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Tools for helping community imports

Posted by Zethradon on 7 December 2014 in English (English)

This post is about some new tools I and others have made to facilitate community-based import of data into OpenStreetMap. These tools cover converting .csv files to .osm files and splitting .osm files for the Tasking Manager, and I am writing this post hoping they can be of help to others. The code is available in the mtl2osm GitHub project (“mtl” stands for “Montreal”).

(Please note: mostly if not all links here are to French web pages.)

The Montreal community import process

Here in Montreal we are slowly preparing to import open data provided the city. Said data is licensed under CC-BY 4.0, and we got the required legal authorization from the City to import them into OpenStreetMap.

Our import process is documented here. We have not started any data import yet. We are currently in the process of getting feedback from the local community through the OpenStreetMap Montréal user group.

The OpenStreetMap Montréal user group celebrating the 10th birthday of OpenStreetMap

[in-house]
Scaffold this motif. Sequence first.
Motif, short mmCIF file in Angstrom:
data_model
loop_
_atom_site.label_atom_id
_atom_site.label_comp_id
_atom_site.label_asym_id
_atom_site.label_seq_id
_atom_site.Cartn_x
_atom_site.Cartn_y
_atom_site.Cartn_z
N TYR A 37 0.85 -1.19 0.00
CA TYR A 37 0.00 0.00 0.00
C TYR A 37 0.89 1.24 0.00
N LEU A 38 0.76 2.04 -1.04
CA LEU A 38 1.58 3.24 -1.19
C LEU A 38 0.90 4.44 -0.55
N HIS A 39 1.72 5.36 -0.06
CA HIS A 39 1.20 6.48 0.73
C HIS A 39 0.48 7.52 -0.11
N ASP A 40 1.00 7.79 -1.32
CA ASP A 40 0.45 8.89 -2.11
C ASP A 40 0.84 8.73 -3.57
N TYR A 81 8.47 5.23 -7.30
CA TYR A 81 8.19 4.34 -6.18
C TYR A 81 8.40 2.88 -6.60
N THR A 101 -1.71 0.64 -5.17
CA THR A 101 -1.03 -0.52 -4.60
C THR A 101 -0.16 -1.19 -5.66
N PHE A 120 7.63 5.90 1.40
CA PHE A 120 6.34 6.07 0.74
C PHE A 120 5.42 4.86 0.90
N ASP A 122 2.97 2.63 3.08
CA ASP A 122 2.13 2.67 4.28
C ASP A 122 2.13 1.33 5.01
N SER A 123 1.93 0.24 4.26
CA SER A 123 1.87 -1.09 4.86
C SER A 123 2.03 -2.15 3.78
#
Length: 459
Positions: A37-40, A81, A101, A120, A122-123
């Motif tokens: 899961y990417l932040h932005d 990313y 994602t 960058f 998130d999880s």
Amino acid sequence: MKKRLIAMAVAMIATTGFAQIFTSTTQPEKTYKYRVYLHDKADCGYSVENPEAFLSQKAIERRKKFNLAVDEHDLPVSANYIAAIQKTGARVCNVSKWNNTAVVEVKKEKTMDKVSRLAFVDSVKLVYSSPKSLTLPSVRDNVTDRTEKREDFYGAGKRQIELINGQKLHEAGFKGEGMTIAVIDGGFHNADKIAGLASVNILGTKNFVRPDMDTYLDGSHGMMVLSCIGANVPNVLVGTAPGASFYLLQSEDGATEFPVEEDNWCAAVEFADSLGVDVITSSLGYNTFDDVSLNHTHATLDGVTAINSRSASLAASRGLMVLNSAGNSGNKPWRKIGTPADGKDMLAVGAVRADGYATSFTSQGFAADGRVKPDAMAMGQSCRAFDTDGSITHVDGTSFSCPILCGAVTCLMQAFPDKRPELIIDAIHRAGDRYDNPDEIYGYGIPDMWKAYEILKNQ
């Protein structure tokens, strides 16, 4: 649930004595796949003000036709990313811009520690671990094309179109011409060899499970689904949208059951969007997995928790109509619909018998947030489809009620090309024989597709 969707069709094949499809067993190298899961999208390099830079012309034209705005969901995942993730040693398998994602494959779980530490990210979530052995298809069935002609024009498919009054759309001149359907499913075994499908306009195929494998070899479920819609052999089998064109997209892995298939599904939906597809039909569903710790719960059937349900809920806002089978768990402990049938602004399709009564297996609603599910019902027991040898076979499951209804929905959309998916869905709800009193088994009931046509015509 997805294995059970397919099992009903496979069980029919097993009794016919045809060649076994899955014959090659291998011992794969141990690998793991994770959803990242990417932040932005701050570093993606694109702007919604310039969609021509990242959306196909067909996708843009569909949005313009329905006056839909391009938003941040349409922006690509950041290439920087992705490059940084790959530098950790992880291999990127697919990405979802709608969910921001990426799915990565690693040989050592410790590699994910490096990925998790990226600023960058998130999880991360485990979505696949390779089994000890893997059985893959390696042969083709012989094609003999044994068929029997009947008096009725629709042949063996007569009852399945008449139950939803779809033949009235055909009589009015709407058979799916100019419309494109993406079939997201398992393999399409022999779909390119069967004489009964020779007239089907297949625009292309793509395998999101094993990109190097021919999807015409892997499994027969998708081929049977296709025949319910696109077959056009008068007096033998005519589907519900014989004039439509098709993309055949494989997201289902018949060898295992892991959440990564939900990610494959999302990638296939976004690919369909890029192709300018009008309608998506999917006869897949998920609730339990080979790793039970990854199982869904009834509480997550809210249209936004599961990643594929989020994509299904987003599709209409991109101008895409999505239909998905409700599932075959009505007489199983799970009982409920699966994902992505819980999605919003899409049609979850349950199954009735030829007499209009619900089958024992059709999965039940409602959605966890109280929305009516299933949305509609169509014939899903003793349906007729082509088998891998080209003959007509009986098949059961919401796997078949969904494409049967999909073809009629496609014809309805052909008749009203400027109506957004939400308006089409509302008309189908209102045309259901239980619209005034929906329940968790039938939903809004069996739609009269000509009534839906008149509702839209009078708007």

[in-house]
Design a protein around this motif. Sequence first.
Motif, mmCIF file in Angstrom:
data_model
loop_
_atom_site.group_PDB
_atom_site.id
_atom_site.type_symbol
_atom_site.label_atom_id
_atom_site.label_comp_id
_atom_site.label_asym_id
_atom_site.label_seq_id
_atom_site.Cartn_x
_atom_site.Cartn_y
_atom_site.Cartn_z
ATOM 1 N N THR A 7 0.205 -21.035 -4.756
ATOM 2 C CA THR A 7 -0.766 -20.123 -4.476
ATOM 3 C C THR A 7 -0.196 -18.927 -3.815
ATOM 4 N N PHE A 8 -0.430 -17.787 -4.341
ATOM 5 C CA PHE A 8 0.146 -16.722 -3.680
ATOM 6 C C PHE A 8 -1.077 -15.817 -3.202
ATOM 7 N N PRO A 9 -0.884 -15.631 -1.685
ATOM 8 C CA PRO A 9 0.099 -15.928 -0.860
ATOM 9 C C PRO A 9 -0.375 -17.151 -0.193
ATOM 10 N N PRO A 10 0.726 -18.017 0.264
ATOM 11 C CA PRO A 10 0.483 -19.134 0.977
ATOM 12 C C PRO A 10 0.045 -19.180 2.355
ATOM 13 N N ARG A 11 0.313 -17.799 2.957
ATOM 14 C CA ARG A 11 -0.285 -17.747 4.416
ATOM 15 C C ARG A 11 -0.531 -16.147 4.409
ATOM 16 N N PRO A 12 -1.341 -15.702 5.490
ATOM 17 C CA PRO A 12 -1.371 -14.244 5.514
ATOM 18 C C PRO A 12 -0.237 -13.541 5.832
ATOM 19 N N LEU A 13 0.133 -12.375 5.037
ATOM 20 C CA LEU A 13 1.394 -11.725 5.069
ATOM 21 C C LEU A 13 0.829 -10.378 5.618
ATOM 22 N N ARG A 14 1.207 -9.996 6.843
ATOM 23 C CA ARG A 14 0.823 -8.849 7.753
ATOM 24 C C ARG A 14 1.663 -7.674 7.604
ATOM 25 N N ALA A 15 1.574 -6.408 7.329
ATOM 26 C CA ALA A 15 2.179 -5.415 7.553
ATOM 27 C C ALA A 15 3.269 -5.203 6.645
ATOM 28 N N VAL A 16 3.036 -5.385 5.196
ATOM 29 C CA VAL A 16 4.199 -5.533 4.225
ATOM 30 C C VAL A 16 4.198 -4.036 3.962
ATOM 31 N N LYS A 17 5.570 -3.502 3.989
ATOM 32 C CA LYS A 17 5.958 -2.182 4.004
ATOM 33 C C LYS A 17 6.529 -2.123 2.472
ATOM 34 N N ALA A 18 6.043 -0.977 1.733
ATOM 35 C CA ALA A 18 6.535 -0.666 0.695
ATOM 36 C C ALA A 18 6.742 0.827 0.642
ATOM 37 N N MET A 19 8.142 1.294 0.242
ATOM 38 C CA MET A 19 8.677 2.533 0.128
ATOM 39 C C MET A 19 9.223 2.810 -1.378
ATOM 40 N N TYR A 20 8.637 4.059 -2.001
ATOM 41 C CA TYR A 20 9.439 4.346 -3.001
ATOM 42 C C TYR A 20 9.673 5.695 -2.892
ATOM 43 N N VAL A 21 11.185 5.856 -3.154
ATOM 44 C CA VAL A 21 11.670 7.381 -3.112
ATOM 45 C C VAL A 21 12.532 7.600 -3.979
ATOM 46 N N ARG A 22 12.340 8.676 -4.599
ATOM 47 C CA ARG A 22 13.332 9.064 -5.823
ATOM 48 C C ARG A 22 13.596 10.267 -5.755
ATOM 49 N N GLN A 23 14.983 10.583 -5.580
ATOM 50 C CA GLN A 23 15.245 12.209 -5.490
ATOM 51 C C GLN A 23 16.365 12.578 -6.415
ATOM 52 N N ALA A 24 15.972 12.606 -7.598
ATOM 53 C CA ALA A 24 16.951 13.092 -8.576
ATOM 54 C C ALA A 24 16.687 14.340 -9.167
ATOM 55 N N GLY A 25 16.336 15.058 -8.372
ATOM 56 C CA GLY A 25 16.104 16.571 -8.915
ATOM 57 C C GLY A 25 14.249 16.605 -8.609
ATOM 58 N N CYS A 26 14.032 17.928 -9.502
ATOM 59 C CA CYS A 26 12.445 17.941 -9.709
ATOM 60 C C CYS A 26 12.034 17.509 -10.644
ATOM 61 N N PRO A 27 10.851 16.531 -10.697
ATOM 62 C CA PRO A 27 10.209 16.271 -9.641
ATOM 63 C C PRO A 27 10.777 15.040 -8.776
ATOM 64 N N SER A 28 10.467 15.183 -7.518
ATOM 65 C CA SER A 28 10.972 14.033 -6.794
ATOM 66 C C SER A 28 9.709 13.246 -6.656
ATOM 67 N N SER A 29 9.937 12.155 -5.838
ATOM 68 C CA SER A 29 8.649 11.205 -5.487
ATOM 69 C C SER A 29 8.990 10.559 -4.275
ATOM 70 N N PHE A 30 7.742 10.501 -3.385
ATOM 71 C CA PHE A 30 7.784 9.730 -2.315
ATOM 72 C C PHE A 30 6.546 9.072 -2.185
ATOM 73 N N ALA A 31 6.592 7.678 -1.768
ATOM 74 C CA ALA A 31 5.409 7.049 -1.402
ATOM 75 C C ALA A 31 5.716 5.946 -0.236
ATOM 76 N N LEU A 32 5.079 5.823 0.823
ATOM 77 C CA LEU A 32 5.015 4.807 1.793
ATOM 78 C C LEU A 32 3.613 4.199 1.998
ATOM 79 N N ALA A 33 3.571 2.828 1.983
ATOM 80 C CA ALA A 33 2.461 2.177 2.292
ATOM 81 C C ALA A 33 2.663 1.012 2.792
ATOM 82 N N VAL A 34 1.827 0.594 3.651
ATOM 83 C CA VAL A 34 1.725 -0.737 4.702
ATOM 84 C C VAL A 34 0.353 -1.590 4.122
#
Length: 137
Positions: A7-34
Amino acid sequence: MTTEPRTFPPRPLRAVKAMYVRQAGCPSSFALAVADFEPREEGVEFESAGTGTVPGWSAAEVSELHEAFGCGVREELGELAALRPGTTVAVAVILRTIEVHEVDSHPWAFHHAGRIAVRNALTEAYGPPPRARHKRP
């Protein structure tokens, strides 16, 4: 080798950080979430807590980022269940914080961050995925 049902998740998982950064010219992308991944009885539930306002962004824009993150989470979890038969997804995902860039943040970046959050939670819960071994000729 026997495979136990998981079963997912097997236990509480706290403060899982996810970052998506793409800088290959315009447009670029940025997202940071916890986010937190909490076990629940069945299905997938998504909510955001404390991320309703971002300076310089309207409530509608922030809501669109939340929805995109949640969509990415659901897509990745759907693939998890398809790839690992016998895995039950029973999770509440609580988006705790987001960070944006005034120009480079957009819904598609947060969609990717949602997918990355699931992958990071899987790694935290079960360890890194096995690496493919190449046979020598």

Tools & dataset

I recently made a presentation about the various datasets provided by the Ville de Montréal at a Montréal Python meeting. The presentation was recorded and can be viewed on YouTube (the presentation is in French).

The datasets offered are various and many of them very pertinent for OpenStreetMap:

  • address points
  • bike parkings
  • police & fire stations
  • community gardens
  • parks
  • and many others

These datasets are provided mainly in three different formats: Shapefile, CSV and KML. Shapefile is the data format powering the ESRI GIS suite, and which QGIS can also work it. CSV is the well-known comma-separated values tabular format and KML is the XML format popularized by Google Earth.

Using ogr2osm

The org2osm script can handle both Shapefile and KML. This program converts these files into .osm files that can be opened directly into JOSM. Using the concept of “translators”, it becomes possible to convert the tags and attributes of the original data source into values accepted by OpenStreetMap.

For example, for police stations, the data provided by the Ville de Montréal is a KML file that contains the name of the station, the centroid and the address formatted as HTML in the description field. The file was thought of for display purpose in a viewer and obviously said tags cannot be used as-is into OpenStreetMap. This is why I wrote a translator for ogr2osm to parse the data and output OSM compliant tags. The script is available here and instructions to run it available here.

csv2osm: a tool for converting .csv files